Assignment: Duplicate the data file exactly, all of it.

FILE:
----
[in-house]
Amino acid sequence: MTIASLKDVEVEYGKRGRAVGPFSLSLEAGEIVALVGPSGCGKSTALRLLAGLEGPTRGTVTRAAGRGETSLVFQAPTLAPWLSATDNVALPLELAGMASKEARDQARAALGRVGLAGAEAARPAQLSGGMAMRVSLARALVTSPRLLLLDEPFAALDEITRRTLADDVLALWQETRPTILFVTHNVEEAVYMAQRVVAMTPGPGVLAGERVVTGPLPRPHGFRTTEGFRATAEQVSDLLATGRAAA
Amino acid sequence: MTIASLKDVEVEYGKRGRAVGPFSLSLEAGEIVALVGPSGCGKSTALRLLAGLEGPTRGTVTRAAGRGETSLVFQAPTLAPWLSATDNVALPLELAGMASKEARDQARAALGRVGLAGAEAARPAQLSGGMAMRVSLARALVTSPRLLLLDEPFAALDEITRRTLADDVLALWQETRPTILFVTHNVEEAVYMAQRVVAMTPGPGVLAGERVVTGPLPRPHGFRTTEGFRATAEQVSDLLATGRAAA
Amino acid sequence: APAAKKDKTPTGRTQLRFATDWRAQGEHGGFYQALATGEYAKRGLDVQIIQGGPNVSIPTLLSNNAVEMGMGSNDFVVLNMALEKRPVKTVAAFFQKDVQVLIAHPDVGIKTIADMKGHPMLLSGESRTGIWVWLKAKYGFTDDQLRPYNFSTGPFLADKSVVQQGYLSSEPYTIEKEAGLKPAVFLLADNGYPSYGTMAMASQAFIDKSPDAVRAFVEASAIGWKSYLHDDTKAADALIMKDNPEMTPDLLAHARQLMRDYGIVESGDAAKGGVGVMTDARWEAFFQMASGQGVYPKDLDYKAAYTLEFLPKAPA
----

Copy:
[in-house]
Amino acid sequence: MTIASLKDVEVEYGKRGRAVGPFSLSLEAGEIVALVGPSGCGKSTALRLLAGLEGPTRGTVTRAAGRGETSLVFQAPTLAPWLSATDNVALPLELAGMASKEARDQARAALGRVGLAGAEAARPAQLSGGMAMRVSLARALVTSPRLLLLDEPFAALDEITRRTLADDVLALWQETRPTILFVTHNVEEAVYMAQRVVAMTPGPGVLAGERVVTGPLPRPHGFRTTEGFRATAEQVSDLLATGRAAA
Amino acid sequence: MTIASLKDVEVEYGKRGRAVGPFSLSLEAGEIVALVGPSGCGKSTALRLLAGLEGPTRGTVTRAAGRGETSLVFQAPTLAPWLSATDNVALPLELAGMASKEARDQARAALGRVGLAGAEAARPAQLSGGMAMRVSLARALVTSPRLLLLDEPFAALDEITRRTLADDVLALWQETRPTILFVTHNVEEAVYMAQRVVAMTPGPGVLAGERVVTGPLPRPHGFRTTEGFRATAEQVSDLLATGRAAA
Amino acid sequence: APAAKKDKTPTGRTQLRFATDWRAQGEHGGFYQALATGEYAKRGLDVQIIQGGPNVSIPTLLSNNAVEMGMGSNDFVVLNMALEKRPVKTVAAFFQKDVQVLIAHPDVGIKTIADMKGHPMLLSGESRTGIWVWLKAKYGFTDDQLRPYNFSTGPFLADKSVVQQGYLSSEPYTIEKEAGLKPAVFLLADNGYPSYGTMAMASQAFIDKSPDAVRAFVEASAIGWKSYLHDDTKAADALIMKDNPEMTPDLLAHARQLMRDYGIVESGDAAKGGVGVMTDARWEAFFQMASGQGVYPKDLDYKAAYTLEFLPKAPA